Student groups respond to ASA budget changes


The Augustana Student Association (ASA) recently implemented changes that have revamped the way student groups across campus receive funding.

Previously, ASA conducted budget hearings at the end of each school year to determine monetary allocations for individual groups.  But with the enactment of the new budgeting process, student groups this year received $150 at the start of the fall semester.

Exempted from the $150 rule are three groups: UBG, Viking Days and Rec Services, as their budgets will be assessed based on student enrollment.

In addition to the $150 guarantee, groups now have the opportunity to perform extra hours of community service (aside from the 10 hours required of every group) to earn up to $1,500 toward their Service Opportunity Fund (SOF).

The money gained through community service can be used for any group activities.

As in past years, student groups can still request funds from the Leadership Development Fund (LDF) and the Community Development Fund (CDF), both of which have been used previously to fund events hosted by student groups on campus as well as covering travel expenses for student groups to attend off-campus events.

ASA president Brittany Dardis said the changes to this year’s budgeting process were made to ensure that groups achieved their goals.

“There is now more room for individual groups to decide how successful they will be through service and volunteer hours,” she said.  “It’s a good motivator.”

ASA treasurer Dan Schmidtman agreed.

“There is a greater opportunity to be successful, and it gets Augie students out into the community volunteering,” he said.

According to Schmidtman, ASA’s annual budget for student groups is up approximately $5,000 from last year.

He reiterated that the difference between a student group realizing its goals (or failing to) is based on leadership.

“With the previous process good leadership would graduate, and money would end up sitting in student accounts, unused,” Schmidtman said.  “Now the budgeting process holds student groups accountable for success.”

Though Schmidtman said numbers from last year weren’t readily available, so far this year, ASA has $4,500 each in the LDF and CDF.

Student groups have already been given $400 from the LDF between the two requests put in already this year.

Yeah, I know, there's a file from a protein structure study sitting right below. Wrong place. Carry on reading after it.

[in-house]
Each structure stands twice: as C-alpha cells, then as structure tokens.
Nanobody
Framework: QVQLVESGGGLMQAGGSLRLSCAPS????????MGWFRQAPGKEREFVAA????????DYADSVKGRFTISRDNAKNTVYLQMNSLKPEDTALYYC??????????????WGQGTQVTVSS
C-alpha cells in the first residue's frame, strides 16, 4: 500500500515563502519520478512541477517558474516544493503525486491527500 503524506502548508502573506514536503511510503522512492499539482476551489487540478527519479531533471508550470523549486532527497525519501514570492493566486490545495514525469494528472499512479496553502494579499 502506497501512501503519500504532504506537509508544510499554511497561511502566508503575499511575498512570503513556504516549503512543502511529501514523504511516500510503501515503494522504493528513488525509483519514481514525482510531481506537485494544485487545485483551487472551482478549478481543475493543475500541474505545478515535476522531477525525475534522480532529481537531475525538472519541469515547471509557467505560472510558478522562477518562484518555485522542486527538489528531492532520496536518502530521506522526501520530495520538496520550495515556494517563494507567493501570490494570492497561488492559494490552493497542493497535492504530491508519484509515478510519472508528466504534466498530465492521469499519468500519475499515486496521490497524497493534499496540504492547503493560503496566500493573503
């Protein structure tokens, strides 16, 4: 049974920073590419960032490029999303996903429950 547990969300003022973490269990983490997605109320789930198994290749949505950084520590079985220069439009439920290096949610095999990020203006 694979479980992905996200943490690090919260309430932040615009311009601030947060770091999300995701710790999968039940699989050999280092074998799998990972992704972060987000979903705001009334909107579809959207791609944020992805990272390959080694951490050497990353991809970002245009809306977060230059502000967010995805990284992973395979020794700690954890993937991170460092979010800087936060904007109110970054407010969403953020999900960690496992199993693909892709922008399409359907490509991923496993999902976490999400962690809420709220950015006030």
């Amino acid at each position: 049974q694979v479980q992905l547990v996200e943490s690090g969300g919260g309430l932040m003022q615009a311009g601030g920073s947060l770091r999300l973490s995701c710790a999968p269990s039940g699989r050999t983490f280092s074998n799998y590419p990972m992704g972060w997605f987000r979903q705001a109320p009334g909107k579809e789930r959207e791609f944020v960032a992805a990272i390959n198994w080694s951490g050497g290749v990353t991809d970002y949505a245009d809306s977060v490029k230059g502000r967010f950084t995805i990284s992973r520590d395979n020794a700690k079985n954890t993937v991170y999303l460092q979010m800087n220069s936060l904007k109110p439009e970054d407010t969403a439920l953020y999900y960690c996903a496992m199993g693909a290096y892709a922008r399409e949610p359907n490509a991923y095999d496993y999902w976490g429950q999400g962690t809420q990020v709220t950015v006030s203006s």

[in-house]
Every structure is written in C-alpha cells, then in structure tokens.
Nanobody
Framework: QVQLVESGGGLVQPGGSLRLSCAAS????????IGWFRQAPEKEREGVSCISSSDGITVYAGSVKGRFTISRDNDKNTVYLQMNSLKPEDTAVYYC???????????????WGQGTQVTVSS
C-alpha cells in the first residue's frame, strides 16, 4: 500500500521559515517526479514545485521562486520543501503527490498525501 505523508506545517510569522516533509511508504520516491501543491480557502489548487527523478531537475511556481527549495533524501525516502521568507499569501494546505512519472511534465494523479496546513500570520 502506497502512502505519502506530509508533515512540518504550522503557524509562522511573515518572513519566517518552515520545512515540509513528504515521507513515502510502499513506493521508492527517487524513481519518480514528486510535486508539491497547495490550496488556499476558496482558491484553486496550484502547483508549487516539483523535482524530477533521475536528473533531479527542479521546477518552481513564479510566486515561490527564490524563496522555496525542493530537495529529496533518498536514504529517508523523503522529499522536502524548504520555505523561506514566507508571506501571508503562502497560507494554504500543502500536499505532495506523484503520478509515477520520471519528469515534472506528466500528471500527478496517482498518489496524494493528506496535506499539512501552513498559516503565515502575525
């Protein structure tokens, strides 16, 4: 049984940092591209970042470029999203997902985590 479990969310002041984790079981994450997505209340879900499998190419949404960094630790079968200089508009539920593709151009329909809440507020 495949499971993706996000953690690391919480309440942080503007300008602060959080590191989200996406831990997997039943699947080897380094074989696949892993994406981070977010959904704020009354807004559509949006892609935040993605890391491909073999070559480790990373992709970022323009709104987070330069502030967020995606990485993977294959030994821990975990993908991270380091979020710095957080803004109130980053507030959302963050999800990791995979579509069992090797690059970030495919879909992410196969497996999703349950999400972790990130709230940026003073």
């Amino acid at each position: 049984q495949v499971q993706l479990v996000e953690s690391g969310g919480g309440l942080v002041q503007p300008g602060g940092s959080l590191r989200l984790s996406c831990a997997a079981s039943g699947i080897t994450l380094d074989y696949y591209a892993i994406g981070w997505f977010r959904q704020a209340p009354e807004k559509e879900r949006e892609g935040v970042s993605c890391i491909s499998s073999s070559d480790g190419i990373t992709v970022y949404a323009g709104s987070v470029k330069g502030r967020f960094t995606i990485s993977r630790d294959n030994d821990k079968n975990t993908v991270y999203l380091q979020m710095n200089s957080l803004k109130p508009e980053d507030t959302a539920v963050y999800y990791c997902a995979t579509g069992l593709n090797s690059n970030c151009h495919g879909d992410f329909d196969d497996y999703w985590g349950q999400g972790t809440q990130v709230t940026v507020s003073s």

The effects of the funding changes initiated varied responses from those involved in several groups.

According to senior Lauren Thompson, head of accounting and finance for Dance Marathon, the new changes will be an adjustment.

“It’s kind of frustrating because we don’t know the exact amount of money we have to work with,” she said.  “We’ve been doing volunteer hours, but I don’t think Dance Marathon can be run on a $150 budget alone.”

Viking Days co-chair and junior Kendra Gerber took a multi-perspective look at the issue.

“There are positives and negatives to everything,” she said.

The introduction of a fixed budget was positive, according to Gerber, while a negative aspect of the change was not having a definitive budget until enrollment was calculated.

“Our committee this year had to do a lot of planning in the spring of last year, so it was a little difficult guessing how much of a budget each committee would have,” she said.

Elliot Blue, president of the Augustana Bike Club (ABC), said the changes will be a “huge advantage” for ABC by allowing the group to earn money while also helping out the community.

Ana-Marie Nelson, president of Serving and Learning Together (SALT), highlighted the service aspect of the funding changes.

“As someone who believes in the value of service, in my opinion, these changes are positive,” she said. “Outside of the SOF, organizations have other funding options through ASA if the effort is made to apply for them.”

Though Nelson did not have an exact number for the group’s difference in budget compared to last year, she said initial funding was lower. Overall, she said she thought the budget would be similar to previous years.

Cory Kralovetz, team leader for the men’s soccer club, outlined how the new budgeting process has affected the club.

“Instead of going through ASA and submitting a request for funds needed, Mark Hecht of Rec Services is in charge of a sum of money that is divided between all of the club sports teams,” he said.  “The process goes by much faster, and it is much easier to request and get the funds we need for our season.”

Dardis hoped to take a proactive approach to both the positives and negatives involved in the budgeting changes.

“Throughout the school year ASA will continue working on the changes, always trying to improve and make things better for Augie students,” she said.

Numbers at a glance